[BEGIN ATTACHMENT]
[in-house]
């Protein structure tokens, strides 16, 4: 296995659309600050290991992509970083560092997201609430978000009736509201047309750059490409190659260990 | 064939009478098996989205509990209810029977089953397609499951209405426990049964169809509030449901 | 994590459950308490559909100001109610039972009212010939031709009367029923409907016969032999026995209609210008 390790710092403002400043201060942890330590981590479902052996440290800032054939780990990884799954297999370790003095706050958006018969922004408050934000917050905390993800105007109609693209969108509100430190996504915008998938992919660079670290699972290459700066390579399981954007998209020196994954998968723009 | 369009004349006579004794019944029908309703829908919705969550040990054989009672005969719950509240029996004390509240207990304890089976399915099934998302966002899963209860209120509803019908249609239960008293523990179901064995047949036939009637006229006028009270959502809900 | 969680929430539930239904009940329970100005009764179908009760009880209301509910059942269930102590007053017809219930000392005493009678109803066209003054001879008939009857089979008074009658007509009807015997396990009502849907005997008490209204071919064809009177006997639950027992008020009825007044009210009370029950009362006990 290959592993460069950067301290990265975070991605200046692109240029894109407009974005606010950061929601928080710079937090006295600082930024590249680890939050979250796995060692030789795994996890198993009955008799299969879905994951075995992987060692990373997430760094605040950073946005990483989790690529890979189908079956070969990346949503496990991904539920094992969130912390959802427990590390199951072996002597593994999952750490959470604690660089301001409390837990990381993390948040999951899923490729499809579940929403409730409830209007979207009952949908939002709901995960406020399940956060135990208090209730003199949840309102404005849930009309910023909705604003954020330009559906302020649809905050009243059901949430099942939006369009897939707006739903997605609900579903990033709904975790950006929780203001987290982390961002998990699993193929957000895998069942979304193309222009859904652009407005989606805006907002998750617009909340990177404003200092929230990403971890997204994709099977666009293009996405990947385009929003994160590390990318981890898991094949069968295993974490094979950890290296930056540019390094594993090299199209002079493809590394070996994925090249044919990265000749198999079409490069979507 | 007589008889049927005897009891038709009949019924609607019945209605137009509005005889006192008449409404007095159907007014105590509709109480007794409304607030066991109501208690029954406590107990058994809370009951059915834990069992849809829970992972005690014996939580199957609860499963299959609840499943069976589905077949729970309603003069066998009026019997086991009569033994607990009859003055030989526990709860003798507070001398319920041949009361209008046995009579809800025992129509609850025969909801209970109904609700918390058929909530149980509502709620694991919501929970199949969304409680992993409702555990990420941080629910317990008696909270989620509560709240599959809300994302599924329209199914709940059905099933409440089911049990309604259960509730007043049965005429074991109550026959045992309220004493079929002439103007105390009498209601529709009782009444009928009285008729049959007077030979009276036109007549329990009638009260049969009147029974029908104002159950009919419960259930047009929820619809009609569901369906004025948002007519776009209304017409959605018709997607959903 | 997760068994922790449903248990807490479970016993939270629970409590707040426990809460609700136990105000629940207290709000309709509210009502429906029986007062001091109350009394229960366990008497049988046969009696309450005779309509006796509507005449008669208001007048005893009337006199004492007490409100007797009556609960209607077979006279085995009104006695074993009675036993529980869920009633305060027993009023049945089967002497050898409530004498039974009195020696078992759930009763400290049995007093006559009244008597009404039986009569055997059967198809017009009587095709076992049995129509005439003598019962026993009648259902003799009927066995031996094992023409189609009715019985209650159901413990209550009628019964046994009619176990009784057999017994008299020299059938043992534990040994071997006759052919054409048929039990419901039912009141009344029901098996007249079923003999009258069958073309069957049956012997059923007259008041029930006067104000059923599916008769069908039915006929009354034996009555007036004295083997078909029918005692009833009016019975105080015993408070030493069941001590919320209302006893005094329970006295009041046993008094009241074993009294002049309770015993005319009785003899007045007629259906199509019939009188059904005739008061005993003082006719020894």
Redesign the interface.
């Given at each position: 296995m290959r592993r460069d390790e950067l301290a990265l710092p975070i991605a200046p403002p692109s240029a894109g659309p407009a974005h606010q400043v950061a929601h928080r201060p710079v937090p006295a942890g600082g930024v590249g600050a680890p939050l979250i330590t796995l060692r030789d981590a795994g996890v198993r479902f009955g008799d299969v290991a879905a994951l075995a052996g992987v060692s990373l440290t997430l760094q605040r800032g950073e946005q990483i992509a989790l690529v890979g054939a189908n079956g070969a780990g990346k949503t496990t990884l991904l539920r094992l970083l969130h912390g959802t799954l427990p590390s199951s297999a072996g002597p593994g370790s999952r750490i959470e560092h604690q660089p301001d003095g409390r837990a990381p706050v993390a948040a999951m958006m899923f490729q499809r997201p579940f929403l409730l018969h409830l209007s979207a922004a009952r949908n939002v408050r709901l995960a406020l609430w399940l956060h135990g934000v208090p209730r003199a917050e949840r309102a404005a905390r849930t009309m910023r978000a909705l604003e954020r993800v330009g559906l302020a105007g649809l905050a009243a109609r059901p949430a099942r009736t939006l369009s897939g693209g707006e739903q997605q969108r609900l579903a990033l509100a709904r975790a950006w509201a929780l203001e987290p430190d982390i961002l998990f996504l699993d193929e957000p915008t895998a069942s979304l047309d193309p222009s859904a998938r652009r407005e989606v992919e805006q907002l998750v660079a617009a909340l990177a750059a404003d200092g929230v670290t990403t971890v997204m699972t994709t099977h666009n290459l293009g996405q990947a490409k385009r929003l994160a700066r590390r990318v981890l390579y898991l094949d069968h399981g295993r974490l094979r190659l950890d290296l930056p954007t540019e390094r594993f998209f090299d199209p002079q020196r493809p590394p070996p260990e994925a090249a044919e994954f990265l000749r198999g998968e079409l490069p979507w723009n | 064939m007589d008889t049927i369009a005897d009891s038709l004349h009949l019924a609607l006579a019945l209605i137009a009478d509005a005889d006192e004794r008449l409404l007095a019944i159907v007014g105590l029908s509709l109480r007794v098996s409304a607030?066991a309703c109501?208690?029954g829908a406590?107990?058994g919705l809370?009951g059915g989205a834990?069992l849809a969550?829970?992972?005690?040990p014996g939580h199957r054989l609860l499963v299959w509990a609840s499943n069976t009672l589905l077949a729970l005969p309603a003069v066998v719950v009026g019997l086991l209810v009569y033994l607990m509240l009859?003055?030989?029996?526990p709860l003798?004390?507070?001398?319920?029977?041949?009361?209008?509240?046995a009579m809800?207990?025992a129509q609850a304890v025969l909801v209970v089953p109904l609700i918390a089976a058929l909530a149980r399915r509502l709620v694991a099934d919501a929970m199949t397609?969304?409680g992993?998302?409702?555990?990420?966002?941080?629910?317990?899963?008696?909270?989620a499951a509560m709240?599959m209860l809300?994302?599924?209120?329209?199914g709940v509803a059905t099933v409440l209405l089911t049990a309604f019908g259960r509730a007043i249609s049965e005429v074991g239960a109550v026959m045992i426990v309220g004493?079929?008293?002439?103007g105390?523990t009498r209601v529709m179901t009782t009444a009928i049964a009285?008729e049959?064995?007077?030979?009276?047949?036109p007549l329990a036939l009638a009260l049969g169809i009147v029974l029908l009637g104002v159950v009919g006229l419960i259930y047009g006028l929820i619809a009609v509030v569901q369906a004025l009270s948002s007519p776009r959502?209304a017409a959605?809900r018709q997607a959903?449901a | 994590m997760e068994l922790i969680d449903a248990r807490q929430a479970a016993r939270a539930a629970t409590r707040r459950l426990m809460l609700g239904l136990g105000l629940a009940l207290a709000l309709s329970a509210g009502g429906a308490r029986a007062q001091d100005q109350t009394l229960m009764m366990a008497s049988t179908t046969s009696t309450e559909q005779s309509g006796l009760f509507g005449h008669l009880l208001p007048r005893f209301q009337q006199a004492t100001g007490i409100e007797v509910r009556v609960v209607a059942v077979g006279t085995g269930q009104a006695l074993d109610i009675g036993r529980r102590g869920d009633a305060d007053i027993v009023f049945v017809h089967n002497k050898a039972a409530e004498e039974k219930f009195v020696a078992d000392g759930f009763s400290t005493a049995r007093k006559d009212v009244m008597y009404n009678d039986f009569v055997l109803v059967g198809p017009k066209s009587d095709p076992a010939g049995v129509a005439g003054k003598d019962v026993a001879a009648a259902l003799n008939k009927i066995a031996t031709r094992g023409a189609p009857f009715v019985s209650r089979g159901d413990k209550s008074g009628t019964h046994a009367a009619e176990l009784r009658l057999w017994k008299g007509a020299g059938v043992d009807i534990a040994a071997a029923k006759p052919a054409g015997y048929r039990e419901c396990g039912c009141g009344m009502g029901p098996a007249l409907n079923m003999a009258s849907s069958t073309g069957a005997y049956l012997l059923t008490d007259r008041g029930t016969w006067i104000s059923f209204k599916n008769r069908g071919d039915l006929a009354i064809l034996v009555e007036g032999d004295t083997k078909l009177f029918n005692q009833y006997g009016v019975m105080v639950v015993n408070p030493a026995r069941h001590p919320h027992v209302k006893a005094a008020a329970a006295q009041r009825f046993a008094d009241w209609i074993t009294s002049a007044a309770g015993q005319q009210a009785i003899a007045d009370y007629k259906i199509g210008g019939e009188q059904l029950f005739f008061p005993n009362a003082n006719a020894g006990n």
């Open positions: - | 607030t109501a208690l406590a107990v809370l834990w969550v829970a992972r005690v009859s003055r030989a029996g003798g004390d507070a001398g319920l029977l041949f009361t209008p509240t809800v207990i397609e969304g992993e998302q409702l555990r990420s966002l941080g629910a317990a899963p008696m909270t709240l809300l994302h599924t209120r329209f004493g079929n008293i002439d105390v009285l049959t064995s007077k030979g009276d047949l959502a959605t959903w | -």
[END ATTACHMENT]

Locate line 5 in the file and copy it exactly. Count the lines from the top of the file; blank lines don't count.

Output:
């Open positions: - | 607030t109501a208690l406590a107990v809370l834990w969550v829970a992972r005690v009859s003055r030989a029996g003798g004390d507070a001398g319920l029977l041949f009361t209008p509240t809800v207990i397609e969304g992993e998302q409702l555990r990420s966002l941080g629910a317990a899963p008696m909270t709240l809300l994302h599924t209120r329209f004493g079929n008293i002439d105390v009285l049959t064995s007077k030979g009276d047949l959502a959605t959903w | -």